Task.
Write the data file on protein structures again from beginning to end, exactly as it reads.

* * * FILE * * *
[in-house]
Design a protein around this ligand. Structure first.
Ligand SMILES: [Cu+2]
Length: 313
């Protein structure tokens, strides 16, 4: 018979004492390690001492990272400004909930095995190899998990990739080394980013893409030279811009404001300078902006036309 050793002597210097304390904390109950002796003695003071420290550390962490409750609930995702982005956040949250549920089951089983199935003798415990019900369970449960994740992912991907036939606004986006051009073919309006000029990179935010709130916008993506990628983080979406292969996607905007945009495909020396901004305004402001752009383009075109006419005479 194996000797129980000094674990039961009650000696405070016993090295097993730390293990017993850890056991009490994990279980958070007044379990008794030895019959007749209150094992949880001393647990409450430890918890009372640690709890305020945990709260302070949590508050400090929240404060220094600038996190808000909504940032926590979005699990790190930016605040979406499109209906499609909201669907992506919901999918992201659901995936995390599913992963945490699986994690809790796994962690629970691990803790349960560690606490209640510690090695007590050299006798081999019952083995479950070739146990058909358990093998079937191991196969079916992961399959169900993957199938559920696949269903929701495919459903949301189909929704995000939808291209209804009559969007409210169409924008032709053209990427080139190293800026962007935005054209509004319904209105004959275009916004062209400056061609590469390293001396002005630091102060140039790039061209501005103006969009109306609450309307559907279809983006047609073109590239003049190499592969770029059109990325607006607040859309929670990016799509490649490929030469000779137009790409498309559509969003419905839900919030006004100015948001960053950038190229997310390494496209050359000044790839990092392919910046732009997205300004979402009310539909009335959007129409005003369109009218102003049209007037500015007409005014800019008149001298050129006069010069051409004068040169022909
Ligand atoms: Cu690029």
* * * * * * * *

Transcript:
[in-house]
Design a protein around this ligand. Structure first.
Ligand SMILES: [Cu+2]
Length: 313
């Protein structure tokens, strides 16, 4: 018979004492390690001492990272400004909930095995190899998990990739080394980013893409030279811009404001300078902006036309 050793002597210097304390904390109950002796003695003071420290550390962490409750609930995702982005956040949250549920089951089983199935003798415990019900369970449960994740992912991907036939606004986006051009073919309006000029990179935010709130916008993506990628983080979406292969996607905007945009495909020396901004305004402001752009383009075109006419005479 194996000797129980000094674990039961009650000696405070016993090295097993730390293990017993850890056991009490994990279980958070007044379990008794030895019959007749209150094992949880001393647990409450430890918890009372640690709890305020945990709260302070949590508050400090929240404060220094600038996190808000909504940032926590979005699990790190930016605040979406499109209906499609909201669907992506919901999918992201659901995936995390599913992963945490699986994690809790796994962690629970691990803790349960560690606490209640510690090695007590050299006798081999019952083995479950070739146990058909358990093998079937191991196969079916992961399959169900993957199938559920696949269903929701495919459903949301189909929704995000939808291209209804009559969007409210169409924008032709053209990427080139190293800026962007935005054209509004319904209105004959275009916004062209400056061609590469390293001396002005630091102060140039790039061209501005103006969009109306609450309307559907279809983006047609073109590239003049190499592969770029059109990325607006607040859309929670990016799509490649490929030469000779137009790409498309559509969003419905839900919030006004100015948001960053950038190229997310390494496209050359000044790839990092392919910046732009997205300004979402009310539909009335959007129409005003369109009218102003049209007037500015007409005014800019008149001298050129006069010069051409004068040169022909
Ligand atoms: Cu690029």